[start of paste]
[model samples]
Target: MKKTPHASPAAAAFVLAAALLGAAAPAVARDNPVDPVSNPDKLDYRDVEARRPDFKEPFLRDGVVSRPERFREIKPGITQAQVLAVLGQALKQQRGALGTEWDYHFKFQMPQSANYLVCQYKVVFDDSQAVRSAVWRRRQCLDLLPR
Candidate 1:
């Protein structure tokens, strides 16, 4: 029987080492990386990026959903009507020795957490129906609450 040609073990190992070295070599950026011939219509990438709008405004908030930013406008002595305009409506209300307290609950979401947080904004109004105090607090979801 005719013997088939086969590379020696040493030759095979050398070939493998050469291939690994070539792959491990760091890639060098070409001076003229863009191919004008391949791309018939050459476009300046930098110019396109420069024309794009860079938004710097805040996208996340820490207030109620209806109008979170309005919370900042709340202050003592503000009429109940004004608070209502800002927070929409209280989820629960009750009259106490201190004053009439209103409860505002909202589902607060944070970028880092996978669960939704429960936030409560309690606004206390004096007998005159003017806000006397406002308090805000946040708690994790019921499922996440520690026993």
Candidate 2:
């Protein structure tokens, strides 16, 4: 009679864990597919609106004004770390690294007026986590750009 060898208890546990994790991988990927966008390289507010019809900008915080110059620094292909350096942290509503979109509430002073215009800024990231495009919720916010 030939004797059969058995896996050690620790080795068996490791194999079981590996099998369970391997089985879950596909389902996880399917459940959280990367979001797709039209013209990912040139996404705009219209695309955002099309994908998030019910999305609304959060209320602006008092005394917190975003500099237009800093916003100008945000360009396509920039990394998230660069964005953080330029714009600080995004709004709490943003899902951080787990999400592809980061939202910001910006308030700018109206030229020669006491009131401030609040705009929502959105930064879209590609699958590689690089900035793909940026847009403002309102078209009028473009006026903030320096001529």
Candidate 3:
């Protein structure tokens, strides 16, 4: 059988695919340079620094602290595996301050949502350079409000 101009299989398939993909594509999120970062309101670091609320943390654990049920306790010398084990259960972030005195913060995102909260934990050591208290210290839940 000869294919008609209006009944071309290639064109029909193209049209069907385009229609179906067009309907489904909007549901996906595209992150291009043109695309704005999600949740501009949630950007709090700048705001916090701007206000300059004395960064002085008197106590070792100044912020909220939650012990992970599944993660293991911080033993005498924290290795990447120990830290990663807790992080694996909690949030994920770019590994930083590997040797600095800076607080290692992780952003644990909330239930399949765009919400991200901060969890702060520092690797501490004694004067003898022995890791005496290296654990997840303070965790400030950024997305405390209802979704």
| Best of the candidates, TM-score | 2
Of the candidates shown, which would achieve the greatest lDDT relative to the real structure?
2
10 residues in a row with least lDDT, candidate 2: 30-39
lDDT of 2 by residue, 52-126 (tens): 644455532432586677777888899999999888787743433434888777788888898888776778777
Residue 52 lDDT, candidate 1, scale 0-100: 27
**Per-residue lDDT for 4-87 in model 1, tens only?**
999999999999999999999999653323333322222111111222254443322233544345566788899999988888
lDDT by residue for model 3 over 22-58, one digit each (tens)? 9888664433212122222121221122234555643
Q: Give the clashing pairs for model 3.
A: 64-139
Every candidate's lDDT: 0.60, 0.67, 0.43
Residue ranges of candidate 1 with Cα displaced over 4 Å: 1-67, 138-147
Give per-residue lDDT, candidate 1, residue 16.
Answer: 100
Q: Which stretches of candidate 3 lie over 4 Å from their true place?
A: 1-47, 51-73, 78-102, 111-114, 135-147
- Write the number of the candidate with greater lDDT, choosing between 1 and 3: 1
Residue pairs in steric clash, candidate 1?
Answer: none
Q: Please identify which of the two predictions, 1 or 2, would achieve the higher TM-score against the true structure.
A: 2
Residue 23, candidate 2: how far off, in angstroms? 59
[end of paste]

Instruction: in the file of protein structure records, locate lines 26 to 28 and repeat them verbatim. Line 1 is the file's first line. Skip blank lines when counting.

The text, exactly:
- Write the number of the candidate with greater lDDT, choosing between 1 and 3: 1
Residue pairs in steric clash, candidate 1?
Answer: none